MINNEAPOLIS Coming into the game against Minnesota, Michigan coach Tommy Amaker knew that he was going to be out-sized. The Gophers” top five scorers each stand at least 6-foot-7, and their coach, Dan Monson, isn”t afraid to play four of them at the same time.
“We were very concerned about their size,” Amaker said. “They were extremely efficient and we lacked discipline, at times, on the defensive end.”
Although Michigan”s only true big-man, 6-foot-9 center Chris Young, managed to stay out of foul trouble, freshman forward Chuck Bailey was given a crash course in the Big Ten post-game last night, and he didn”t grade very well. Bailey picked up three fouls away from the ball while trying to hold defensive post position against Minnesota”s line of behemoths.
On the other end, he saw shot after shot come flying back in his face. Bailey showed great resilience and confidence, as he kept returning to the rim regardless of his previous results.
“I just keep going at them and doing the best a can,” Bailey said. “That”s all I can do right now.”
Amaker realizes how thin his team is on the front line, and he has a plan to improve things for the young Bailey.
“This is the hand we were dealt,” Amaker said. “We need to Bailey to use his quickness because, obviously he is going to be facing people who are physically bigger and stronger. Hopefully, we can add his intelligence to that too. But you have to remember that he is only a freshman.”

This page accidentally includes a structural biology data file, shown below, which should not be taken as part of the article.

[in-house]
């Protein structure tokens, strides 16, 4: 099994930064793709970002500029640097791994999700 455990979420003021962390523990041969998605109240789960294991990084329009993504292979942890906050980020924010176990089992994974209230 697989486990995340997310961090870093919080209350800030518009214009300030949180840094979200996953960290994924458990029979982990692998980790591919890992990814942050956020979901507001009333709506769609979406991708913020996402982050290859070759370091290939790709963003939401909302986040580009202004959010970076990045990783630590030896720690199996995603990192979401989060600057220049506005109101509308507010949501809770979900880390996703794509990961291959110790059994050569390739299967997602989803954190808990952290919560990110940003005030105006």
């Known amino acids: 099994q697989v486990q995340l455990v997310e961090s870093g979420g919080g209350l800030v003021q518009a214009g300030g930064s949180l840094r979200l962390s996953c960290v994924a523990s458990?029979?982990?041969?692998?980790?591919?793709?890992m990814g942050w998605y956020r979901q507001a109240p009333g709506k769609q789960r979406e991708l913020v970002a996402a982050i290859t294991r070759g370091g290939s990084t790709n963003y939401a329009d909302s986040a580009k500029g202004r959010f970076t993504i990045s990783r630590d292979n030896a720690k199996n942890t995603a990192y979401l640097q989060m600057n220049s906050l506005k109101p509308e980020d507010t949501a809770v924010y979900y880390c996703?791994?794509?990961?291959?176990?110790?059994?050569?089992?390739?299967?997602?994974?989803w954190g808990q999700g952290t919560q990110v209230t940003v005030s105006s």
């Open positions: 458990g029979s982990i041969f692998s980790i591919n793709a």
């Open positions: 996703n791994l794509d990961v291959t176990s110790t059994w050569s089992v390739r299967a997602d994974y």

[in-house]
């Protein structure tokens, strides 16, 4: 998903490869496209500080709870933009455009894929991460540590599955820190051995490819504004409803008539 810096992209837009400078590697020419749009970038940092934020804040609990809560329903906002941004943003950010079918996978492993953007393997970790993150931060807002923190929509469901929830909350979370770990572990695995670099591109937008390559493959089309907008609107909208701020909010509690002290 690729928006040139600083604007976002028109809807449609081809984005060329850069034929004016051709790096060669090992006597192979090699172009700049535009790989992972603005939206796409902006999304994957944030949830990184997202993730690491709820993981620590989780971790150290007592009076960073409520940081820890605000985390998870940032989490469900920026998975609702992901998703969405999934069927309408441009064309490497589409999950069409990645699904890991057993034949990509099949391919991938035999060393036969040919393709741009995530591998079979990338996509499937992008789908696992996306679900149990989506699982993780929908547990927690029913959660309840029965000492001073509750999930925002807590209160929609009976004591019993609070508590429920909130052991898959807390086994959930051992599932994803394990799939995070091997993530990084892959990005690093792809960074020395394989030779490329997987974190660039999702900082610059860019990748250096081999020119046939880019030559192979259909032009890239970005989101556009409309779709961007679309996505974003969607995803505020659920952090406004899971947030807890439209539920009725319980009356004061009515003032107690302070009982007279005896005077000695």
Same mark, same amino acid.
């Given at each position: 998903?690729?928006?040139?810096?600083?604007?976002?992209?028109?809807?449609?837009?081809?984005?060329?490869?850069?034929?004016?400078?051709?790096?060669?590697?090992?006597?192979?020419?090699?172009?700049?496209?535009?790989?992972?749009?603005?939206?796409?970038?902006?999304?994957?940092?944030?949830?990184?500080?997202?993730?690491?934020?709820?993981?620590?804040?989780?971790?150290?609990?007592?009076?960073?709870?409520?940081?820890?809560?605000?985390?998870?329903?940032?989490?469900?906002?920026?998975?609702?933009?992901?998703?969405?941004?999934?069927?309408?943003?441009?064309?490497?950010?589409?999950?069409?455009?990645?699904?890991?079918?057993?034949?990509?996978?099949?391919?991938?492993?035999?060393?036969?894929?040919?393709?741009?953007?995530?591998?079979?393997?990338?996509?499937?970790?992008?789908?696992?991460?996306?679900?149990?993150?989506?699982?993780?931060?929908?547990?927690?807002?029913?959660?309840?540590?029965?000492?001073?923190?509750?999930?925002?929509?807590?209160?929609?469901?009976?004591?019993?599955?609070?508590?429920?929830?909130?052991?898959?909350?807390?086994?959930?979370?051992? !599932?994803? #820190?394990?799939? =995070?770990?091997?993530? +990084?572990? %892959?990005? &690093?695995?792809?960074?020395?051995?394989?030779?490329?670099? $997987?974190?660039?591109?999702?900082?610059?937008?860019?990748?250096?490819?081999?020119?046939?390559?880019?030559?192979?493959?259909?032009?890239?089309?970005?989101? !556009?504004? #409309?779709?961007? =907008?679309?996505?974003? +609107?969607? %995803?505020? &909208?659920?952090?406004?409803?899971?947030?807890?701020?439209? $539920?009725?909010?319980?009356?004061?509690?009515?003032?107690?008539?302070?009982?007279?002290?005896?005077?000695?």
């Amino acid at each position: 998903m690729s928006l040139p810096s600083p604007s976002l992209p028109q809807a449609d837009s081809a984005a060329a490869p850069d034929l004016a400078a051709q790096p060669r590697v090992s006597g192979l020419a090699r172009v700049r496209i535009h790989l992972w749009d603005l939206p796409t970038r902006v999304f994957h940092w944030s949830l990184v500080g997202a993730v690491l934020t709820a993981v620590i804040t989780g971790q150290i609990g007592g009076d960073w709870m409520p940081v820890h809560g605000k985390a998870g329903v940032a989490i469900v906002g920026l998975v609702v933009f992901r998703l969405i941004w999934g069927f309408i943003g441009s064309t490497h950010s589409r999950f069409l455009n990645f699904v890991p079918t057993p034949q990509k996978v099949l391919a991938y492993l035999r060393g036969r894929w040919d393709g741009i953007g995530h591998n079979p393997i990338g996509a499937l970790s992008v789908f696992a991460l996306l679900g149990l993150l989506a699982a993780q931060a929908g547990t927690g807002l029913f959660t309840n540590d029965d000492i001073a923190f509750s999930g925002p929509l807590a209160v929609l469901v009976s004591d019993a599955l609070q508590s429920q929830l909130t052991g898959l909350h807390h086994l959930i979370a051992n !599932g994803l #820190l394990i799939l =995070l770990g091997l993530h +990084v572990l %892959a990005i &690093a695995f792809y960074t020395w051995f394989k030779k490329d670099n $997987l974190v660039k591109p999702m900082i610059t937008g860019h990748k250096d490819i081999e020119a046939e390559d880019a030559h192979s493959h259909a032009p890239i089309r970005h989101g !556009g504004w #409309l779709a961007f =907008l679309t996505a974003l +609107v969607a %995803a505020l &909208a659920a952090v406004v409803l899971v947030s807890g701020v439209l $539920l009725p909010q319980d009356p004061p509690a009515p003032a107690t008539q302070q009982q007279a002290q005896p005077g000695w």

Mr. Negativity: After watching his team score 90 points and shoot an eye-popping 69.4 percent of its field goal, Minnesota coach Dan Monson was still not pleased with his team”s performance.
“I”m really glad we won,” Monson said. “We are struggling with our consistency. For the longest time we have been having trouble with our shooting. Now we go out and score 90 points, but all of a sudden we can”t play defense and we turn the ball over 23 times.”
Monson admitted that his team”s sharp shooting bailed it out, even though his players were not mentally into the game.
“I really challenged them at halftime,” Monson said. “I didn”t think they were ready to play when we were stretching. I didn”t think we were ready we warmed up. And I still felt that way at the opening tip.
“We aren”t good enough to come to a game and not be ready to play.”
Home cooking: The locals call it “the barn.” Michigan coach Tommy Amaker called it the “one of the toughest places in the nation” to play a basketball game.
But no matter what you call it, Williams Arena has not been kind the Wolverines.
Michigan hasn”t won there since the Fab Five earned an 80-73 victory on Jan. 20, 1993.
Something about the elevated floor and cathedral ceiling seems to be raising the Gophers” play this season. At home they have shown flashes of brilliance, beating both Michigan schools from the Big Ten as well as Oregon, a team that has already knocked off No. 20 Arizona twice in conference play.
Meanwhile, the team has lost by more than 20 points in three out of four of its road games.
“I think that is what you”ll find is typical of a young team looking for an identity,” Minnesota coach Don Monson said. “But that is the mark of a good team: They don”t need that extra boost.”
Minnesota will get a chance to make that mark soon. Its next three games, including a rematch with the Wolverines a week from Saturday in Ann Arbor, will be away from its friendly confines.